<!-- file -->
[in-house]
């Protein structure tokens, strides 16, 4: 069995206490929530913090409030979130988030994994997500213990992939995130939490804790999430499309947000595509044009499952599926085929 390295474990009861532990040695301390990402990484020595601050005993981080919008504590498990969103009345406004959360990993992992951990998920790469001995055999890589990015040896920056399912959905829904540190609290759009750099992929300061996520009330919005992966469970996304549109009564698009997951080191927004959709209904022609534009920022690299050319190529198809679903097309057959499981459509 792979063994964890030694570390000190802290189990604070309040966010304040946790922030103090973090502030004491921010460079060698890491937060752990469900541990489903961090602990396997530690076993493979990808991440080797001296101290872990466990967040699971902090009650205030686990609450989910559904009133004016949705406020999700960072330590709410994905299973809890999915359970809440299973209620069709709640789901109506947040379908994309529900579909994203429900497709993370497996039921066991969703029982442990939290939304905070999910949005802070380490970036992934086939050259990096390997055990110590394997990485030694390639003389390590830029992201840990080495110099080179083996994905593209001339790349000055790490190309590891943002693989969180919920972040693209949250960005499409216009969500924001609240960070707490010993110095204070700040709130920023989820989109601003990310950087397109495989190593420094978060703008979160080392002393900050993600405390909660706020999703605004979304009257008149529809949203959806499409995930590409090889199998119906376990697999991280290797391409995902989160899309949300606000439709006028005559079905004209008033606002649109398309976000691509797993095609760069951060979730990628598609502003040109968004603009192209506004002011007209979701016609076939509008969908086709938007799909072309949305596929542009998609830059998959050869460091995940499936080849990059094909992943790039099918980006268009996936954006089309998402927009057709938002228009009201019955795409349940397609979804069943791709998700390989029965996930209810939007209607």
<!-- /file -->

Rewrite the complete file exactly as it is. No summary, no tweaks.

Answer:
[in-house]
């Protein structure tokens, strides 16, 4: 069995206490929530913090409030979130988030994994997500213990992939995130939490804790999430499309947000595509044009499952599926085929 390295474990009861532990040695301390990402990484020595601050005993981080919008504590498990969103009345406004959360990993992992951990998920790469001995055999890589990015040896920056399912959905829904540190609290759009750099992929300061996520009330919005992966469970996304549109009564698009997951080191927004959709209904022609534009920022690299050319190529198809679903097309057959499981459509 792979063994964890030694570390000190802290189990604070309040966010304040946790922030103090973090502030004491921010460079060698890491937060752990469900541990489903961090602990396997530690076993493979990808991440080797001296101290872990466990967040699971902090009650205030686990609450989910559904009133004016949705406020999700960072330590709410994905299973809890999915359970809440299973209620069709709640789901109506947040379908994309529900579909994203429900497709993370497996039921066991969703029982442990939290939304905070999910949005802070380490970036992934086939050259990096390997055990110590394997990485030694390639003389390590830029992201840990080495110099080179083996994905593209001339790349000055790490190309590891943002693989969180919920972040693209949250960005499409216009969500924001609240960070707490010993110095204070700040709130920023989820989109601003990310950087397109495989190593420094978060703008979160080392002393900050993600405390909660706020999703605004979304009257008149529809949203959806499409995930590409090889199998119906376990697999991280290797391409995902989160899309949300606000439709006028005559079905004209008033606002649109398309976000691509797993095609760069951060979730990628598609502003040109968004603009192209506004002011007209979701016609076939509008969908086709938007799909072309949305596929542009998609830059998959050869460091995940499936080849990059094909992943790039099918980006268009996936954006089309998402927009057709938002228009009201019955795409349940397609979804069943791709998700390989029965996930209810939007209607």